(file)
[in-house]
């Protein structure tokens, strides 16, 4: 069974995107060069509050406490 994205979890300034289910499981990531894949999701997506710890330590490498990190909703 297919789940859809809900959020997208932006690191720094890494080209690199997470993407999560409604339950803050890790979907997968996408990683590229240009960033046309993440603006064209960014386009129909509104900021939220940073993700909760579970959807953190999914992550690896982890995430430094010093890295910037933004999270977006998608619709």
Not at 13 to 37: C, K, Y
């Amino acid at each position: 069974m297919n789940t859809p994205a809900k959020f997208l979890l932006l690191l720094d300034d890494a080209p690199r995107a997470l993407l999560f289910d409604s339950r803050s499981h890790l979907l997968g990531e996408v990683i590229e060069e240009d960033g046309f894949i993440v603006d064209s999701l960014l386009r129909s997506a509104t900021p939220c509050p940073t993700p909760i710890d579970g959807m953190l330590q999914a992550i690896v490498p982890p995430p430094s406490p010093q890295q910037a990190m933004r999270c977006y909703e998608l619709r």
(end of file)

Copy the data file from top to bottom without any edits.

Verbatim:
[in-house]
């Protein structure tokens, strides 16, 4: 069974995107060069509050406490 994205979890300034289910499981990531894949999701997506710890330590490498990190909703 297919789940859809809900959020997208932006690191720094890494080209690199997470993407999560409604339950803050890790979907997968996408990683590229240009960033046309993440603006064209960014386009129909509104900021939220940073993700909760579970959807953190999914992550690896982890995430430094010093890295910037933004999270977006998608619709």
Not at 13 to 37: C, K, Y
């Amino acid at each position: 069974m297919n789940t859809p994205a809900k959020f997208l979890l932006l690191l720094d300034d890494a080209p690199r995107a997470l993407l999560f289910d409604s339950r803050s499981h890790l979907l997968g990531e996408v990683i590229e060069e240009d960033g046309f894949i993440v603006d064209s999701l960014l386009r129909s997506a509104t900021p939220c509050p940073t993700p909760i710890d579970g959807m953190l330590q999914a992550i690896v490498p982890p995430p430094s406490p010093q890295q910037a990190m933004r999270c977006y909703e998608l619709r």